@. Ampère et l'histoire de l'électricité
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Ampère's Force Law: An Obsolete Formula?Français
By Christine Blondel and Bertrand Wolff
It is not uncommon to find in the science of the past some works that never were deemed as being invalid yet have disappeared from modern science. They might have been overturned by subsequent work judged to be more effective, or were abandoned because they were considered to be of little interest, or were discredited for nonscientific reasons, or simply were forgotten. Their status remained undecided. At any moment, though, scientists can take up such an unclaimed work for different reasons. Such is the case of Ampère's force.
Ampère's electrodynamic theory is based on the existence of a force between two current elements, and the mathematical expression of this force implies a repulsion between two aligned elements. However, this interaction between collinear elements disappeared with the elemental force of Grassmann (1845), a force that forms now an integral part of the modern theory of electromagnetism.
In order to decide between Ampère and Grassmann expressions of the electrodynamic force, one can look for experiments relying on the existence, or the non-existence, of a repulsion between collinear elements of an electric circuit. Nonetheless, a direct verification of Ampère's formula and its application to the particular case of collinear elements is not possible. Indeed, one cannot isolate current elements within an electric circuit. Ampère thought, though, to have an experimental proof for the repulsion between collinear elements. We will discuss various experiments proposed at the end of the twentieth century in the continuation of Ampère's experiment and likely to demonstrate the existence of this force. The interpretation of these experiments is still controversial.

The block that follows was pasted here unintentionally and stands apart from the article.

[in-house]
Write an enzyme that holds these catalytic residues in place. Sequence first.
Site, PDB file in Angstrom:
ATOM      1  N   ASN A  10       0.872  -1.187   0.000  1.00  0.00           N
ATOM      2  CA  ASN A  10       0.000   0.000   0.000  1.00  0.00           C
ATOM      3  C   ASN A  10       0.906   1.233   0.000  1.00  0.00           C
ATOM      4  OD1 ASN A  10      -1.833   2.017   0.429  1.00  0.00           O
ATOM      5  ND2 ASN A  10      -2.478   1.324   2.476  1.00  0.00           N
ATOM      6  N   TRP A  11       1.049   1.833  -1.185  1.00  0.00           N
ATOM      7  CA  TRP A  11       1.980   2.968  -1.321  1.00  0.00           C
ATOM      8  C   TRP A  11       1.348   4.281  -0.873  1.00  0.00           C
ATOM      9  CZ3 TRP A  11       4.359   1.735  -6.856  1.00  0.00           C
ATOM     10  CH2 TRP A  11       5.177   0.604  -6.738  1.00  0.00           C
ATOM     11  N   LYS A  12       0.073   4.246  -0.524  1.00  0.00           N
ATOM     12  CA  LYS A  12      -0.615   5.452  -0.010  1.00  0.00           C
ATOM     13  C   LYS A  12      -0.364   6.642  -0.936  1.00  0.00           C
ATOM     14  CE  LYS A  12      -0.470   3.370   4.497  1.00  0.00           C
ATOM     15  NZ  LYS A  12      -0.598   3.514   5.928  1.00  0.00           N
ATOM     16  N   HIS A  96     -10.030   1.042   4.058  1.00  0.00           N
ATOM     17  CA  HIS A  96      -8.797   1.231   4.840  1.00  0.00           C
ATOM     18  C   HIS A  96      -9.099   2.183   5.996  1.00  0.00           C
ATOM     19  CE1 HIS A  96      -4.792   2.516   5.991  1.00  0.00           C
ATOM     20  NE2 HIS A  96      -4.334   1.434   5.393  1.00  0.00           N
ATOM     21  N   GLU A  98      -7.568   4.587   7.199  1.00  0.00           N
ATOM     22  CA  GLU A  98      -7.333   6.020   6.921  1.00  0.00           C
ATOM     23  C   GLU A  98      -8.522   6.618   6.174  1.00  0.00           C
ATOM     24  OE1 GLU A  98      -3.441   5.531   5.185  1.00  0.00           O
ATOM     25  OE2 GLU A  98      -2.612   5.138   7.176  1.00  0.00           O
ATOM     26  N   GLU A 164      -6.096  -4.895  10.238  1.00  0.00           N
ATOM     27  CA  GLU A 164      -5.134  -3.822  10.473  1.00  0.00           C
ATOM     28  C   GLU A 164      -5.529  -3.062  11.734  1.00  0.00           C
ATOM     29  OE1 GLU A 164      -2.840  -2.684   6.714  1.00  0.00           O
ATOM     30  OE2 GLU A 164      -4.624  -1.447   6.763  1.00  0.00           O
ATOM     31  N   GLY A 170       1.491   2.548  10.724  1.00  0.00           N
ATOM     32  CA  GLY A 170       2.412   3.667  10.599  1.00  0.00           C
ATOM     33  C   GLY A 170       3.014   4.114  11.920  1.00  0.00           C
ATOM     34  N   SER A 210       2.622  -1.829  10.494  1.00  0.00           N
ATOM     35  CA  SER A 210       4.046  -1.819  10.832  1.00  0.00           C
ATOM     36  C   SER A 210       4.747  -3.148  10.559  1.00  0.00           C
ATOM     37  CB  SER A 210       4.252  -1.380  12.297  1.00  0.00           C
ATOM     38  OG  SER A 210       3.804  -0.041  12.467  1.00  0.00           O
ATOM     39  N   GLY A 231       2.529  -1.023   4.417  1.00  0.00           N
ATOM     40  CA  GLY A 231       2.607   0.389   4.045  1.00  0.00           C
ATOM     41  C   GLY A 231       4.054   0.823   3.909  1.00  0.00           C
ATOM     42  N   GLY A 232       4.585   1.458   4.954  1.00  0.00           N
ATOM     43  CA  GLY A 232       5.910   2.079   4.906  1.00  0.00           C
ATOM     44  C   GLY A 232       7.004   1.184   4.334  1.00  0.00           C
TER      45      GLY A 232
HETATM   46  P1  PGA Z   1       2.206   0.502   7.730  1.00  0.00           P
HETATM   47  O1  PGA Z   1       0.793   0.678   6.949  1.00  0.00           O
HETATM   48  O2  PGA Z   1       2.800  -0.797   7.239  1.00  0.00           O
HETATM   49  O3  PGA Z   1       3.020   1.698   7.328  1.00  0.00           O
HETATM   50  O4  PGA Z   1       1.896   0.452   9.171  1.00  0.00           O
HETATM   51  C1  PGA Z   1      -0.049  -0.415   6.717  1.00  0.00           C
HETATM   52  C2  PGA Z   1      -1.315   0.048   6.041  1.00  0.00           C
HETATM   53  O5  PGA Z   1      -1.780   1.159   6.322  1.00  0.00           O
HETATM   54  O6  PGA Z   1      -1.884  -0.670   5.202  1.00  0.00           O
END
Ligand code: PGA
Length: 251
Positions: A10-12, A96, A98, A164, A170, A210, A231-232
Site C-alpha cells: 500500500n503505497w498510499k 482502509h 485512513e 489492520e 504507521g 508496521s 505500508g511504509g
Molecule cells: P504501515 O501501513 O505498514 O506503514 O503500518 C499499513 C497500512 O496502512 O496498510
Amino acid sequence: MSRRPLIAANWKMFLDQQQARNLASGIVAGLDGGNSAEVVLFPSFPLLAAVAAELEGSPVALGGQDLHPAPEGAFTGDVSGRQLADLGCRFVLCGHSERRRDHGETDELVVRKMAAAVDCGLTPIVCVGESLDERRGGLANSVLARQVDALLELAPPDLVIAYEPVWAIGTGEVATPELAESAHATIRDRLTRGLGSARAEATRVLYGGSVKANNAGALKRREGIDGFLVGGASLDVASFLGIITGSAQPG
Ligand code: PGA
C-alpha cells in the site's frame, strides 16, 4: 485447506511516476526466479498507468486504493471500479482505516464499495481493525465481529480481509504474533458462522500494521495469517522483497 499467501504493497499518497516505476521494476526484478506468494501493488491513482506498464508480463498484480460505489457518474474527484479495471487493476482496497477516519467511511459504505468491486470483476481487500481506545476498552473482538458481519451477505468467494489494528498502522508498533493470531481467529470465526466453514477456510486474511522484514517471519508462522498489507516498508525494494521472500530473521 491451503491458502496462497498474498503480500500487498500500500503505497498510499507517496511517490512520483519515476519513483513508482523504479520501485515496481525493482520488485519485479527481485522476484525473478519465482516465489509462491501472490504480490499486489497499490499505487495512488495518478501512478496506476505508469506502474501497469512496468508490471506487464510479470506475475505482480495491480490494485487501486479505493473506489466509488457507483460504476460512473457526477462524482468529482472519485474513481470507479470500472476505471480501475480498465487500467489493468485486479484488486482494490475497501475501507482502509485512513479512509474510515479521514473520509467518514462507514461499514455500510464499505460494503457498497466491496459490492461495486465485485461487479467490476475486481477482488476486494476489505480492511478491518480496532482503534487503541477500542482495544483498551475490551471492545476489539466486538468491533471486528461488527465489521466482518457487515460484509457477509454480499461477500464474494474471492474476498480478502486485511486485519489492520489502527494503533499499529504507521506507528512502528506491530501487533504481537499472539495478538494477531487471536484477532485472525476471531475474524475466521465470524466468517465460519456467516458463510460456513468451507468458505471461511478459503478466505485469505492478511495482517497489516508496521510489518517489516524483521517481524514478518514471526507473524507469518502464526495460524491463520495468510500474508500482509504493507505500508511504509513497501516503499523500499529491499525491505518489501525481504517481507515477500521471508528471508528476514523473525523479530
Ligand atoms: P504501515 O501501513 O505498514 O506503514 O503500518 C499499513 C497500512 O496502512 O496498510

From a theoretical point of view, the compatibility between the Maxwell-Lorentz theory and Ampère's force also is a subject of debate.
Finally, for some, defending Ampère's force is part of a larger project that consists of developing - following Weber and Neumann - a “Newtonian” alternative to Maxwell's theory, using only interactions at a distance between material elements without recourse to an electromagnetic field. This project may seem foolhardy and based on tenuous foundations, while Maxwell's theory, associated with Einstein's relativity, constitutes a major pillar of modern physics.
We conclude, nonetheless, following Maxwell himself, that it is desirable for the very life of science to leave open a number of paths: “"“It is a good thing to have two ways of looking at a subject, and to admit that there are two ways of looking at it."” (The Scientific Papers of James Clerk Maxwell, t. 1, p. 208)
1873: “A formula from which all phenomena may be deduced...”
According to Maxwell himself, “Ampère's theory "is summed up in a formula from which all the phenomena may be deduced, and which must always remain the cardinal formula of electro-dynamics."” (A Treatise on Electricity and Magnetism, 1873, t. 2, p. 175) .